In a recent case filed in its admiralty jurisdiction, the Supreme Court of Cyprus had to consider whether accidents which take place in the Cyprus exclusive economic zone (EEZ) give jurisdiction to the Cyprus courts. The court decided that it has jurisdiction to hear disputes regarding accidents which occur within its territory, including the Cyprus EEZ, provided that the accident concerns the prospection or exploitation of Cyprus's natural resources.
Order 22 of the Civil Procedure Rules provides that in any action for debt or damages, the defendant may at any time, on notice to the claimant, pay into court a sum of money which it considers sufficient to satisfy the claim. Payment into court can be made as soon as an appearance has been filed and until a judgment has been issued. If the amount offered is accepted, the dispute is settled as by compromise, but it does not give rise to res judicata.
In Cyprus, as in most jurisdictions, a defendant in litigation which fears that the claimant may be unable to satisfy costs orders made against it can apply to the court for a security for costs order. In civil proceedings, the courts – in certain circumstances – can order the claimant to provide security for the defendant's costs after the trial has ended. However, specific requirements must be fulfilled, and the courts are strict in applying the rules.
The need for clear and reliable guidelines to determine whether a first-instance criminal court judgment can be appealed arose in a recent application to the Supreme Court. By making an application under Article 149 of the Criminal Procedure Law instead of an appeal, the applicant not only lost the right to appeal, but also found his case dismissed by the Supreme Court without any examination of its substance.
The European Court of Human Rights recently reviewed disciplinary proceedings against a former judge that had taken place in the Supreme Court in 2006 and resulted in the judge's dismissal. The court found by a majority of six votes to one that the disciplinary proceedings in Cyprus were in breach of Article 6(1) of the European Convention on Human Rights and ordered the Cyprus government to pay non-pecuniary damages and costs.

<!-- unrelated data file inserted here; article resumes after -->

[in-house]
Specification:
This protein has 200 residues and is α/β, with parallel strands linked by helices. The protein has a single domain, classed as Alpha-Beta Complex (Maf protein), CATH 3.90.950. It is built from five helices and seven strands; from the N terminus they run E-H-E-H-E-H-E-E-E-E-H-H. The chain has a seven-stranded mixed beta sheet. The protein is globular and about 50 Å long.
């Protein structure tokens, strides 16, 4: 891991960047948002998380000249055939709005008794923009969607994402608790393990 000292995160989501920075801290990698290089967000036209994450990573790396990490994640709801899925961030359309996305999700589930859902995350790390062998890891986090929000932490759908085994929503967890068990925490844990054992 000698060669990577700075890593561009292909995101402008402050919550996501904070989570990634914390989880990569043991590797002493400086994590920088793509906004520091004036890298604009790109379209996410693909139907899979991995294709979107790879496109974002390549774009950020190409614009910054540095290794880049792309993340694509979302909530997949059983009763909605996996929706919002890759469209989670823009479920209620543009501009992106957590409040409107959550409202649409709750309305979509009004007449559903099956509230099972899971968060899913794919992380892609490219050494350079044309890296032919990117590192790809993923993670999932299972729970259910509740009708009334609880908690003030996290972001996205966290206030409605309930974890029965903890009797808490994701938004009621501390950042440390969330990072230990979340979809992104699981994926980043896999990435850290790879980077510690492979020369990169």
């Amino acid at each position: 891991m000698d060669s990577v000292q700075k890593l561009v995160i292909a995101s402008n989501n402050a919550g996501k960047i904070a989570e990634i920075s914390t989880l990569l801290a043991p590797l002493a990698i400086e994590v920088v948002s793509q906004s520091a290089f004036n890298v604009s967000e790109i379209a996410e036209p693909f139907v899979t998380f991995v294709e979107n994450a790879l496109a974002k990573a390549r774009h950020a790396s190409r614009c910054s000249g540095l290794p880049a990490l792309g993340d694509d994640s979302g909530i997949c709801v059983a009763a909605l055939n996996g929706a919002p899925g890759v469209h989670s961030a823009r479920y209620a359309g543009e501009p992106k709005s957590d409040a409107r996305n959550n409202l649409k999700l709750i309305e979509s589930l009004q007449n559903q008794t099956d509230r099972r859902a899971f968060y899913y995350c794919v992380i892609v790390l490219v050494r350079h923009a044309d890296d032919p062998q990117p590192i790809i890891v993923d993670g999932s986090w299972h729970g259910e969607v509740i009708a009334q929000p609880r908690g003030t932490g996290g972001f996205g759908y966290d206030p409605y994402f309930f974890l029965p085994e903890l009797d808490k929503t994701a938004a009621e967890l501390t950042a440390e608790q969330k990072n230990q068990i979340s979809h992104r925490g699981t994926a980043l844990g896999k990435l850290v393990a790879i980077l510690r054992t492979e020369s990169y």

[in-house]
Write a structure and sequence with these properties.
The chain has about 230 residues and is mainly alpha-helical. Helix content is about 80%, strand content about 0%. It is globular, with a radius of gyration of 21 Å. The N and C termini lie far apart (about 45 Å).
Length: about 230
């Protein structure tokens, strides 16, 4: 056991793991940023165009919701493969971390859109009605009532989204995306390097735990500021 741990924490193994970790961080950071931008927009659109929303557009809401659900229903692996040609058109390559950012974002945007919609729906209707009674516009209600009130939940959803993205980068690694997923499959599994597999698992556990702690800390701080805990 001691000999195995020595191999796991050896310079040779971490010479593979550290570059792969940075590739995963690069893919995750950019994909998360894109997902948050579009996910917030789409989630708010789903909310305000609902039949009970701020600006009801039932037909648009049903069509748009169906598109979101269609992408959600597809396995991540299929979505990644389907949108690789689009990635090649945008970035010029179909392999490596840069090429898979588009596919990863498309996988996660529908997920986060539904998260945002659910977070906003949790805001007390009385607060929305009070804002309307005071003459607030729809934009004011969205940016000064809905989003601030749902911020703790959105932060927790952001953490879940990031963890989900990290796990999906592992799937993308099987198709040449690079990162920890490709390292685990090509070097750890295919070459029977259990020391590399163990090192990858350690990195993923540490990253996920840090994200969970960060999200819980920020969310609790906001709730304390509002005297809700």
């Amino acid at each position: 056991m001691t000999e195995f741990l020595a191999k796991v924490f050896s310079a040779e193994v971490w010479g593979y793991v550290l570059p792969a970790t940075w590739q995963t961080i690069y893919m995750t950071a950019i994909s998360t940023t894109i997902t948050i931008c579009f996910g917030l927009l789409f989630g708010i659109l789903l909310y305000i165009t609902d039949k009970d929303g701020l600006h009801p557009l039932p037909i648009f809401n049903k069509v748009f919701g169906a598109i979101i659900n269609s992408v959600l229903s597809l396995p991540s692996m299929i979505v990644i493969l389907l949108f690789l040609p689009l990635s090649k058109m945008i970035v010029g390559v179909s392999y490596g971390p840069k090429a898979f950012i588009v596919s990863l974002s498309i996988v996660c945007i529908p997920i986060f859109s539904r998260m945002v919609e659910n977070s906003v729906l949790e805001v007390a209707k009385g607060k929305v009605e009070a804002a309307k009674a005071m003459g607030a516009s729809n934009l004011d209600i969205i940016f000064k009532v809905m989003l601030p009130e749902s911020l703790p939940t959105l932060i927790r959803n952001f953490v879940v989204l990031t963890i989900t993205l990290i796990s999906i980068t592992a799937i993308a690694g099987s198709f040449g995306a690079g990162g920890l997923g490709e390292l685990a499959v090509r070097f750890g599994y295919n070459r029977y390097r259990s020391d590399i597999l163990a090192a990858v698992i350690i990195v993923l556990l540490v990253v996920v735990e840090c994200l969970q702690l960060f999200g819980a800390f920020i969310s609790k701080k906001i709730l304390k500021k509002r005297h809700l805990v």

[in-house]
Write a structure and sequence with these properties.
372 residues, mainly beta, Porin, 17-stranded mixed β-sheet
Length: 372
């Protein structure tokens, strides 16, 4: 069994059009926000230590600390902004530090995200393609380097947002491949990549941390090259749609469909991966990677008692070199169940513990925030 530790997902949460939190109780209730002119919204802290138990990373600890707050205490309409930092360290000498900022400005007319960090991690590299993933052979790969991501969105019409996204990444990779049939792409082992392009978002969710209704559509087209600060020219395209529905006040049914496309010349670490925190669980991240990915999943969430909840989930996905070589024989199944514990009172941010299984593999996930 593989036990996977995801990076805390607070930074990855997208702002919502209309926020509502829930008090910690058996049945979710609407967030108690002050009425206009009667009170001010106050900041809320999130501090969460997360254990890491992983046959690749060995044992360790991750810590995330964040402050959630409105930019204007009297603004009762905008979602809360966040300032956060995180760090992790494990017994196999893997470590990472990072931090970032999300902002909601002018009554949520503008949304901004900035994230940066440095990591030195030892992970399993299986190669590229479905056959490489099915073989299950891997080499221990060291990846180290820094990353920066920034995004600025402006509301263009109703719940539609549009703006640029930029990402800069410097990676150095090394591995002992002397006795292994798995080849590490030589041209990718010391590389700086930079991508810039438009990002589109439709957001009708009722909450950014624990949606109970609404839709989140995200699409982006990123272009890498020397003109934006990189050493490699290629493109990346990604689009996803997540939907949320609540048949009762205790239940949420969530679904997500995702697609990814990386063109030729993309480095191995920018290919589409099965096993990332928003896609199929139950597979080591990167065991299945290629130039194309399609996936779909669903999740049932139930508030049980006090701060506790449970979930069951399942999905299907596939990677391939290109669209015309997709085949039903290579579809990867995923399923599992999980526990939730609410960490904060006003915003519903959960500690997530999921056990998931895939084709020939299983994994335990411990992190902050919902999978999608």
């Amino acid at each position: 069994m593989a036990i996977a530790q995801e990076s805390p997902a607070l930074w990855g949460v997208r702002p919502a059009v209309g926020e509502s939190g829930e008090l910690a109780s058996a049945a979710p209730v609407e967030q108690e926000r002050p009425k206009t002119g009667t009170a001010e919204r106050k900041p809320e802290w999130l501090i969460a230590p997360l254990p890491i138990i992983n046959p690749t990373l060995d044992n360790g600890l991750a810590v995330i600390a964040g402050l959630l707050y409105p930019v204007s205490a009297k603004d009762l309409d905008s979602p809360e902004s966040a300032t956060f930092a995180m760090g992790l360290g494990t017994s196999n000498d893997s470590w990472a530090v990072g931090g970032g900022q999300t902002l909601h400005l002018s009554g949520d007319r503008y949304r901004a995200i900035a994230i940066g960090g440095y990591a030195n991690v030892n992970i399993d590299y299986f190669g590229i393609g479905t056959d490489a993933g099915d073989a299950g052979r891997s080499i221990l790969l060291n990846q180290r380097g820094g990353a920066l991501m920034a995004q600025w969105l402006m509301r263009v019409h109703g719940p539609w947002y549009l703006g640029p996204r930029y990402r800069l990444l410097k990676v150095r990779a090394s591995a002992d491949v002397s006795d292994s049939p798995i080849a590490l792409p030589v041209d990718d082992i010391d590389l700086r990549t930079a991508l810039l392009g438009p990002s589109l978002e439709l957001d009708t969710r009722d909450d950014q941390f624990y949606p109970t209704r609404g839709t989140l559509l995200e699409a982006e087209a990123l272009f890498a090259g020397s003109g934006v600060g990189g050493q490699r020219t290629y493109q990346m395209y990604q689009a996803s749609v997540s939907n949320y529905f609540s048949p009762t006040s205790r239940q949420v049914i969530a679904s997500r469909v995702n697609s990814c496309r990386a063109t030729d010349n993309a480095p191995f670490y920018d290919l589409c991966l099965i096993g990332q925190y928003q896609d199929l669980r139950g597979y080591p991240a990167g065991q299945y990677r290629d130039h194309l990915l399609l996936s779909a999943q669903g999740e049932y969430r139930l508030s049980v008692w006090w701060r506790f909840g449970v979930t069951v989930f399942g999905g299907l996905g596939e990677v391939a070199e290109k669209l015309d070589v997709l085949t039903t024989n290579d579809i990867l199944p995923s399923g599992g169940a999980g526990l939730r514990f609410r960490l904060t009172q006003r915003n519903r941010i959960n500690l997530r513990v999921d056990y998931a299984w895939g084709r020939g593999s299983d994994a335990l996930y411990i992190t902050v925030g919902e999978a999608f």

The issue of jurisdiction was at the centre of a recent action in the Limassol District Court. The decision clarifies the case law relating to the interpretation of Article 7(2) of the recast EU Brussels Regulation and reaffirms the general principle that civil actions are to be brought against individuals and companies in the courts of the place where they are domiciled, except in specific instances where derogations from the general rule apply.
In a recent appeal case, the Supreme Court overturned a first-instance judgment regarding the timing of the completion of the pleadings and, consequently, the deadline for filing a summons for directions under Order 30 of the Civil Procedure Rules. Although the judgment in question examined the previous version of Order 30, it is useful for litigation lawyers as it clarifies when pleadings are deemed to have been completed, which remains the starting point for the deadline to file a summons for directions.
A recent administrative court case concerned the legality of a tender for the development of a new €200 million-plus marina in Paphos. The court decision was based on the well-established principle that the decision-making process of any collective body regarding a specific matter must be consistent from beginning to end and requires the presence of the same members of the body in order to ensure that all members are aware of and able to evaluate all factors which come to light during the process.
A recent administrative court case examined an allegation that an Electricity Authority of Cyprus (EAC) committee established to determine staff promotions had been invalidly constituted. The meeting under review had not been chaired by the EAC chair, as required by the relevant regulations, and no reason for this absence was provided. The court found that the absence of any record of the reasons for the chair's non-attendance at the meeting was sufficient grounds to invalidate the decisions made.
A recent case has affirmed that only completed actions can be subject to administrative review, and that an applicant must possess a legitimate interest at three crucial stages in order to pursue an action in the Administrative Court. The case concerned a complaint that a third party had been promoted unfairly in preference to other applicants. However, the applicant had filed his action before the third party accepted the promotion, so that when the action was filed there was no promotion to complain about.